- The requirements for taking these medications imposed by the medication prescriber are met.
- This applies to our entire pharmacy network, including states outside Wisconsin.
How can members get/receive their medications?
- Commercial and Medicare members can get their early refills via retail location or mail order.
- HIX members must use mail order to get a 90-day supply of medication.
- Are medical benefits or prescription coverage changing as a result of the concern about the virus?
- At this time, no changes are anticipated to member medical or pharmacy benefits. We are monitoring the situation closely and will update our information and policy if the situation changes.
MDLIVE® Virtual Visits
Getting medical advice using a virtual visit provides many benefits if you are experiencing non-emergency symptoms. Virtual visits limit your exposure to illness from others and limits the spread of any illness you may have. For more information MDLIVE, including the illnesses they treat and instructions for logging in, visit our Getting Care Quickly page.
Please note, due to increased activity, MDLIVE wait times are longer than usual. If you prefer not to wait on hold, MDLIVE gives you the option to receive a call back.
Tips For Staying Well – Keep Your Distance
- In general, maintain at least six feet between yourself and anyone who is coughing, sneezing or exhibiting signs of illness. When someone coughs or sneezes they spray small liquid droplets from their nose or mouth which may contain virus. If you are too close, you can breathe in the droplets, and become exposed to the virus. Other tips you may want to consider minimizing the risk of spread of the virus.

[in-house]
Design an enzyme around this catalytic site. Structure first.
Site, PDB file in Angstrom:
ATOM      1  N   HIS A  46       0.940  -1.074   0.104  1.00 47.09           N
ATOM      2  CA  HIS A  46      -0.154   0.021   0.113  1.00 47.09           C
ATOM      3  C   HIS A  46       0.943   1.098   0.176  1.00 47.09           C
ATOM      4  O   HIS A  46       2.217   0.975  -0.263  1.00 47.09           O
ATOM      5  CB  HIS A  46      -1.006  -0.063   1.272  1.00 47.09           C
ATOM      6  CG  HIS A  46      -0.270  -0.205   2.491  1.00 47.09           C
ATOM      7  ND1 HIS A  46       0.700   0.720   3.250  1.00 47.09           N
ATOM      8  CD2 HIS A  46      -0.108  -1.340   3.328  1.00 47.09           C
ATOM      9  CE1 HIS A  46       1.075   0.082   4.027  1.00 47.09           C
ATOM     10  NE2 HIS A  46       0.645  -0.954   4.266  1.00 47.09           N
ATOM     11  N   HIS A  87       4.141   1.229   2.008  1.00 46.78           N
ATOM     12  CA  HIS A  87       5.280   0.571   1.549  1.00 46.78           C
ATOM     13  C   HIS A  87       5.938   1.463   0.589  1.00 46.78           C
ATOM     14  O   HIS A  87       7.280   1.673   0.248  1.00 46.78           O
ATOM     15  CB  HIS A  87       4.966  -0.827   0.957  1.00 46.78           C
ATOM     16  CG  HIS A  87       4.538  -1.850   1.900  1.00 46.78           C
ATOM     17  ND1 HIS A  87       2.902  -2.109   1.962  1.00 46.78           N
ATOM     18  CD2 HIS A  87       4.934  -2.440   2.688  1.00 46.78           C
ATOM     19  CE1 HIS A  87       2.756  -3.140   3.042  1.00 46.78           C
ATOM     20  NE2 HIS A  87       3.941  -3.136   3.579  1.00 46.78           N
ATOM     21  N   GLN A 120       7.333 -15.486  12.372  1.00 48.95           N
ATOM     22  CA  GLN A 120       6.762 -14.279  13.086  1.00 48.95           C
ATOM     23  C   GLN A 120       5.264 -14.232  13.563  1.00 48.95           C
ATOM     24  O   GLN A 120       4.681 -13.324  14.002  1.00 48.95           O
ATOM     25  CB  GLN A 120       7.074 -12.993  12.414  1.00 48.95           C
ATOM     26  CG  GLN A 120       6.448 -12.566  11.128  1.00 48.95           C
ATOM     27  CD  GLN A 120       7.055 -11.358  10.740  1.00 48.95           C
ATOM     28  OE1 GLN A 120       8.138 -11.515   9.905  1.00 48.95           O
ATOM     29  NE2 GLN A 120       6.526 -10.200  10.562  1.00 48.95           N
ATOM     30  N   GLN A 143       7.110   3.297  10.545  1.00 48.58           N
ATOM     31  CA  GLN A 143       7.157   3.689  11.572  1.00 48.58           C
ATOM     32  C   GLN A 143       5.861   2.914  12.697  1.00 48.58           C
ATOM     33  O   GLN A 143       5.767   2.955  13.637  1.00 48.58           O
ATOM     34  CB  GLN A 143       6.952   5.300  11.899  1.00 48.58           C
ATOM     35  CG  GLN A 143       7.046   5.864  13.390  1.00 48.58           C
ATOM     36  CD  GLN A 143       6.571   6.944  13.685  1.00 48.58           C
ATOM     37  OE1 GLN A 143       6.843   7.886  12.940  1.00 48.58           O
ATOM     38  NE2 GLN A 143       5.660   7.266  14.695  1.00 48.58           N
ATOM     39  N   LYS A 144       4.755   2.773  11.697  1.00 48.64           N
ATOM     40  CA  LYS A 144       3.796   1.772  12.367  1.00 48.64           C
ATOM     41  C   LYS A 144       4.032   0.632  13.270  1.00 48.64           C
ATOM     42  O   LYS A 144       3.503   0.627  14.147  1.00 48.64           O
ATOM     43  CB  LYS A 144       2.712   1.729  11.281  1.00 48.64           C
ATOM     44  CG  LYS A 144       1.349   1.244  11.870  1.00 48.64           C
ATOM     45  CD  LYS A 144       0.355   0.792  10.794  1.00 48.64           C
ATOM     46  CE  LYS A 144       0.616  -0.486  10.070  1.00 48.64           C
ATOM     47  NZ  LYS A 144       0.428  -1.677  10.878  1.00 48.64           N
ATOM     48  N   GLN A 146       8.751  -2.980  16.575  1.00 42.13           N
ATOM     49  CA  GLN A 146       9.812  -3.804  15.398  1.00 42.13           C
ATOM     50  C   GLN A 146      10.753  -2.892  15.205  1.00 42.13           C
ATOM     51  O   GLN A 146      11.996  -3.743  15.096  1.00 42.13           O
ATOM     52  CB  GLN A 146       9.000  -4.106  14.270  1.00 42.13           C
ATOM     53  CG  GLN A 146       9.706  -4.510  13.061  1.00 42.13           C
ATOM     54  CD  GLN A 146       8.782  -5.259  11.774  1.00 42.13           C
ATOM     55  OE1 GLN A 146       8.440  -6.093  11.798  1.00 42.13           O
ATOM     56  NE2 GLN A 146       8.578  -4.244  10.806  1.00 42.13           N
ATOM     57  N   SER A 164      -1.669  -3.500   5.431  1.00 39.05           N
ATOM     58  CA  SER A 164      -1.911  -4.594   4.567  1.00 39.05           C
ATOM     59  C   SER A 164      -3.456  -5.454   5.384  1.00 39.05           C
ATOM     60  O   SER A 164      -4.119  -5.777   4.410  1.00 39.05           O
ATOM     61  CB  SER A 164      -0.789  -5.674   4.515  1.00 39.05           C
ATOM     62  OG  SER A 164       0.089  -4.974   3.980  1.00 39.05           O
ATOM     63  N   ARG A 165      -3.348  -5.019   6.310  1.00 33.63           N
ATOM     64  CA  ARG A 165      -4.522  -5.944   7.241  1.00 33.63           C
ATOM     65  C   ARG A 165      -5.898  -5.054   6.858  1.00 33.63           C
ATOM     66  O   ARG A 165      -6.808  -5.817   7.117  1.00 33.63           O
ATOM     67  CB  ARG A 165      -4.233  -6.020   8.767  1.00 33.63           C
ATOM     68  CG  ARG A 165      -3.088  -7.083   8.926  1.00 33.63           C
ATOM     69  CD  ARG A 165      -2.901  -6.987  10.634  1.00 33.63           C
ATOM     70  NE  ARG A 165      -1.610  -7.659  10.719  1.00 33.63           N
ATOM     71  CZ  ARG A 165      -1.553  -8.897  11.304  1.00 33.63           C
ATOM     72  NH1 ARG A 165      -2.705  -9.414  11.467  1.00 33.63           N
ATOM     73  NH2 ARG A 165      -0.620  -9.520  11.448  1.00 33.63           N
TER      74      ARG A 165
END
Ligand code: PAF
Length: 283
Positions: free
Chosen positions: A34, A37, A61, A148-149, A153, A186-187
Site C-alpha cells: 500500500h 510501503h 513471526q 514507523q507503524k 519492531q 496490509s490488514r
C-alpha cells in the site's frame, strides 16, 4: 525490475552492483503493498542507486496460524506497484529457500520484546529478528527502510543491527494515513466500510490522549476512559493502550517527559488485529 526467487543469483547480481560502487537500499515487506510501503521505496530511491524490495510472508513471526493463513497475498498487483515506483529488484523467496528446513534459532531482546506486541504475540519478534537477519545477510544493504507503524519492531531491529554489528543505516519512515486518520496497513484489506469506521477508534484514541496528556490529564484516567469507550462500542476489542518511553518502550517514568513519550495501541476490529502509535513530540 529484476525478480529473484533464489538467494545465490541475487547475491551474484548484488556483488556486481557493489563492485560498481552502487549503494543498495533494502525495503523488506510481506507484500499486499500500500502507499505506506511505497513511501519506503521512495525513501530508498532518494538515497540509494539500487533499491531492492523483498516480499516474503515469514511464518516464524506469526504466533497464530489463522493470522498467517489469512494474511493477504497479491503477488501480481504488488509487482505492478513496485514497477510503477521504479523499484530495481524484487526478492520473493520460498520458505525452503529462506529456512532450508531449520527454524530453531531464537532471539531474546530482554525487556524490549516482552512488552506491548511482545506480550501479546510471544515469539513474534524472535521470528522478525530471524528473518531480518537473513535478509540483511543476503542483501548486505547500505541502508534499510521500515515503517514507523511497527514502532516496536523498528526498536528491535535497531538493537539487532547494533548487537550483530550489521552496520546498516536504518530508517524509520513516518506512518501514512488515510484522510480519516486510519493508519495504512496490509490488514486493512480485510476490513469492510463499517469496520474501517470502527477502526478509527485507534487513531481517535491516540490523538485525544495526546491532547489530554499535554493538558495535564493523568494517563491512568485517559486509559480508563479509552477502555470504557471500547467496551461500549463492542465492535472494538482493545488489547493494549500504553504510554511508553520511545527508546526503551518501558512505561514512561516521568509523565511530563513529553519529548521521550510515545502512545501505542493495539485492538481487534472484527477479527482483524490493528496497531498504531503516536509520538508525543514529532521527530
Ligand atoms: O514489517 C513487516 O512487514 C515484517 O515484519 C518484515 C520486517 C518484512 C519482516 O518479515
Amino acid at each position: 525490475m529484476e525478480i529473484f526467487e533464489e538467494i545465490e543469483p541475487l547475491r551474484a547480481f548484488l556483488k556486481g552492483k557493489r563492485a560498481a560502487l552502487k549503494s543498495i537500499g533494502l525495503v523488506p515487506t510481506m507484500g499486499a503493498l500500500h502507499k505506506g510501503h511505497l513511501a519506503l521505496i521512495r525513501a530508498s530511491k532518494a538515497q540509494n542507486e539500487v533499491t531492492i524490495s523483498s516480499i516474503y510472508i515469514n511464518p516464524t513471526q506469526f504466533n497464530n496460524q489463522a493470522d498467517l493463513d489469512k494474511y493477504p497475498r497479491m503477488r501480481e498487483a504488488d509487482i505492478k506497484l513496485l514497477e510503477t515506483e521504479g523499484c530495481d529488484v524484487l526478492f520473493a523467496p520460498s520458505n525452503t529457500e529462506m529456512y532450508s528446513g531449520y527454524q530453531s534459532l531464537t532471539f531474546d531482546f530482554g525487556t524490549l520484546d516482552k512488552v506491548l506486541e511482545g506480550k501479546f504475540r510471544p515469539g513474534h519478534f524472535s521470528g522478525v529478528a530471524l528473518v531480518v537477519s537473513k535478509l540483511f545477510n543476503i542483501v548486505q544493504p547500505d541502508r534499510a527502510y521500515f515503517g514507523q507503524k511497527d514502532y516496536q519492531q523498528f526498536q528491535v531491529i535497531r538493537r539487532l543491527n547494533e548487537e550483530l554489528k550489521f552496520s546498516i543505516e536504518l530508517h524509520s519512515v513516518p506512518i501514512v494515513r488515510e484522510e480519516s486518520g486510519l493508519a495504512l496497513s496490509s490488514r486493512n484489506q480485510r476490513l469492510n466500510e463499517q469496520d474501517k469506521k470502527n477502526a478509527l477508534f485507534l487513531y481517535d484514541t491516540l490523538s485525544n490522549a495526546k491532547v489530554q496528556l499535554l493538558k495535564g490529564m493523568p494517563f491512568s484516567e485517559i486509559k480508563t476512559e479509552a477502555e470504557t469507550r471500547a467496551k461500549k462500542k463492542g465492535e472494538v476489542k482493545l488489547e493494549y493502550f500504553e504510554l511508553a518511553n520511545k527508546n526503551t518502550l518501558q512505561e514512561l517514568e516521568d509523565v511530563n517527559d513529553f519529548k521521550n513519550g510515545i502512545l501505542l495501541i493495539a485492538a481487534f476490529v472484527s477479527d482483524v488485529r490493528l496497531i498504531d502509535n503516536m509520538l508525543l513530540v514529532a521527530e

- Perform tasks online where possible (such as banking and grocery shopping).
- Do your grocery shopping less frequently and during non-peak hours. Stock up on essentials and non-perishable goods so that you do not have to return to the store as frequently. Many grocery stores provide disinfectant wipes to clean the cart handle and your hands after touching surfaces others have touched.
- Keep a supply of hand sanitizer or disinfectant wipes in your car to clean hands after performing errands (like pumping gas).
- Avoid being in close proximity to people who are exhibiting symptoms, such as coughing or sneezing.
- Consider postponing non-essential personal care appointments.
- Obtain prescriptions and other medical supplies in case you do catch the virus.
- Avoid sports and family or social events with large groups of people. Consider watching sports on television and visiting by phone, video conferencing, instant messaging, social media or email rather than getting together with friends and family in person.
- Rather than going to the gym, work out outside or in your own home. If you do go to the gym, avoid locker rooms or other areas of congregation and consider using disinfecting wipes to clean your hands and the surfaces you touch.
- Evaluate meetings for organizations in which you are involved to see if they can be postponed.
For our Provider Partners
Additional information about medications, lab tests and codes can be found here.